Stronger, and strength training does NOT mean a bigger 1rm in squat, deadlift or bench. It means being able to do more than you could before, but first…
Toning: 2 years ago I wrote about the S&C circle Jerk – not much has changed obviously industry wide – but how about you personally? Are you getting to understanding that as long as you embrace, and help people with what they want, and not what you want or think, that you will do so much better as a trainer? This article about “what does toning mean?” has a number of quotes about what “toning” means – and it’s clear that some of the trainers “get it”: for instance:
GEORGIE FEAR, RD
“Tone: Noun. Means ‘I want to see muscle here, but right now it’s soft and jiggly. I’m in the gym but probably should be working on my nutrition, huh?’
“’I just want to get toned.’ Translation: ‘I’m afraid of looking like a steroid monster. Please tell me you can help me get fit without waking up looking like the Hulk tomorrow.’
“’Tone’ is meaningless to the client, but the professional can translate it into what they’re really saying. But you have to ask. It’s like when you ask a woman what’s wrong and she says ‘nothing’ (pouty face). You have to do some asking to know what she actually means.”
I used to actually get sorta annoyed about the term toned…then I grew up and realized it’s just a descriptor for what they the client wants. (though I still hate the term lengthening – because it’s dumb).
Here is the man saying it so eloquently, from same blog by James Fell.
“Don’t fucking care what it means, but a strong negative reaction probably means you’re an elitist fitness pro who would rather communicate in PubMed citations than anything that real people can understand.”
^^say word son
CHANGING GEARS BACK TO STRONGER
Stronger, and strength training does NOT mean a bigger 1rm in squat, deadlift or bench. It means being able to do more than you could before.
I remember when I got caught up in chasing heavier lifts.
Now I’m smarter.
I’m not saying don’t chase heavier lifts – do what you wanna do. I’m saying there is a risk:reward relationship with chasing heavy ass weights. And as importantly, there is a point of diminishing returns on how heavy you lift. I think getting to your 80-90% max amount in a variety of lifts is so superior to 95-100% in a few-movement variability for the win.
The reward is usually pride. And if the reward is money – then you are a freak-beast-superhero of a lifter, and you are not reading this blog. For everyone else: athletes, normal people just trying to get laid by looking fitter, and others just trying to hold on to some shreds of athleticism (#washedup), there is a point where strong is strong enough and trying to get stronger, in a 1RM, probably is doing zero to help you out except perhaps feed your ego or fuel your pride.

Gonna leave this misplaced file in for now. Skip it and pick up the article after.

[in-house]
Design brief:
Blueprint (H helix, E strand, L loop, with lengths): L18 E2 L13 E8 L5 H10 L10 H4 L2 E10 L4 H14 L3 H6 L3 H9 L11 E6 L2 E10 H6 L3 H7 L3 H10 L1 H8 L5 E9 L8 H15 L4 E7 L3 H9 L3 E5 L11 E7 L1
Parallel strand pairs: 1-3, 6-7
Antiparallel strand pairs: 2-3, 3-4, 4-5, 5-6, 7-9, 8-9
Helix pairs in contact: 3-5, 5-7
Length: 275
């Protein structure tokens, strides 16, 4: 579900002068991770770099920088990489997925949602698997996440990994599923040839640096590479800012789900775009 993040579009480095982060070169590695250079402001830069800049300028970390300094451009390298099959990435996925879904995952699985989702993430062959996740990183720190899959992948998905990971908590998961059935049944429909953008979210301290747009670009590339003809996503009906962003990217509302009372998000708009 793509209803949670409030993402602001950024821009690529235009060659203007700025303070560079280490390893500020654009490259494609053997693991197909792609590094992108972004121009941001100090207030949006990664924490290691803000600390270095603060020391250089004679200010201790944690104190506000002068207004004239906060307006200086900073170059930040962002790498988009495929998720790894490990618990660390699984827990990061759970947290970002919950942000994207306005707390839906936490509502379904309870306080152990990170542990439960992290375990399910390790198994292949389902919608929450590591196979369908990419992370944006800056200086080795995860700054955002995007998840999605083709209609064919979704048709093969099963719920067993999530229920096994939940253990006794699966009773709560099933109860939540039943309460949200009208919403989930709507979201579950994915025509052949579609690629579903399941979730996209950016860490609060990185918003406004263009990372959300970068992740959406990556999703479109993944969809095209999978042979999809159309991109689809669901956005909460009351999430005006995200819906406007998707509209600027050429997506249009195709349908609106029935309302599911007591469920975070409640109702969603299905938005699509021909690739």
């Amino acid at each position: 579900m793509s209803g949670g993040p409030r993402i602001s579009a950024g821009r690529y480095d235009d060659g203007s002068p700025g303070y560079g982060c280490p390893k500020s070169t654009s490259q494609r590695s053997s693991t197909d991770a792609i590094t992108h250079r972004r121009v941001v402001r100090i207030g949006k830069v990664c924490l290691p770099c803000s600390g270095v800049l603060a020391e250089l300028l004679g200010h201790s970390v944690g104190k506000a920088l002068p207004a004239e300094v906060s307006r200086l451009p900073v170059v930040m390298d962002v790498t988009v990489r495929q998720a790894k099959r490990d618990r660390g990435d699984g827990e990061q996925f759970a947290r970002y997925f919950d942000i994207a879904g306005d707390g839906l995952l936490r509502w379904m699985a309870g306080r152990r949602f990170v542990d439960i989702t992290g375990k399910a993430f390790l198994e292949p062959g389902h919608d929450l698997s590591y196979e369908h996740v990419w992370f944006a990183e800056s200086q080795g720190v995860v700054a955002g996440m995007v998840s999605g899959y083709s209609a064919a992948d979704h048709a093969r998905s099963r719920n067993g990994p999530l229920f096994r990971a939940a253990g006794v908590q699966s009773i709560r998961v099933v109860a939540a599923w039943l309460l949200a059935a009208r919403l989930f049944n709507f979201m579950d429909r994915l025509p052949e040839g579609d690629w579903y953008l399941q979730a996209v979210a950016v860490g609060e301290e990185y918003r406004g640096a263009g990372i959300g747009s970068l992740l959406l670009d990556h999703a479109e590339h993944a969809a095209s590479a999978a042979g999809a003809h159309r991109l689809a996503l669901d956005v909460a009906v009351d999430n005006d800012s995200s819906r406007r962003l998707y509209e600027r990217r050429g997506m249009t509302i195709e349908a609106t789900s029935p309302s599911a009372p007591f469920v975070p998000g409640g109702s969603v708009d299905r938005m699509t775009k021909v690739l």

Again – that’s fine. Have you goals, chase your numbers if you wanna.
The risk is injury. It’s not guaranteed, I’m not saying that. It’s just that risk of hurting oneself with 500lb > than with 300lb IMO
But stronger, and strength training does NOT mean a bigger 1rm in squat or deadlift. It means being able to do more than you could before.
This means that every individual has their own starting point. If you get wrecked by 3 sets of 8 bw squats, then strength training absolutely is pink dumbbells and trx straps. But soon that WON’T be strength training and you must progress in some way. Be it heavier, or more, or faster, or or or or or or or or or…
OR=anything that you want it to be: not just 1rm of squat/deadlift/bench. That’s for powerlifters. And wanna be power lifters, LOL.
OR may also mean stronger confidence, stronger determination, stronger attitude.
rambling rant: I thoroughly enjoy listening to younger (am i old now?) skinny, and frankly weak, power/oly lifting enthusiasts talk about their lifting, and how they don’t do bodybuilding type moves, or other fun things – and yet after a few years of Oly/Power-Lifting-mashed-up-training they have to answer the question of DYEL because they don’t look like they lift at all, and their numbers in the gym look like they’re wasting their time with whatever program they’re doing. It’s adorable.
These types, who walk around with small amounts of muscle mass, should read all of Greg Nuckols’s stuff about how important muscle mass is for being stronger. Then spend a year trying to put on muscle instead of trying to add another 10 lbs to your unimpressive maxes. The next year, they’d do better.
^^these are the loud mouth trainers, largely internet driven, who are popular blog writers’ dickriders trying to quote pubmed. Guys, just let Bret and Brad do that – they’re nailing it. How about you go train someone – and include yourself.
1 rm’s don’t matter. Like, at all, for 99.9% of people. Find a weakness, get it stronger, strong enough that is, and then move on to another weakness. It’s like building your video game character – constantly leveling up different attributes until you have a badass.
You know what will always matter: listening to the client. And some sort of stronger…I just bet it isn’t a 1rm.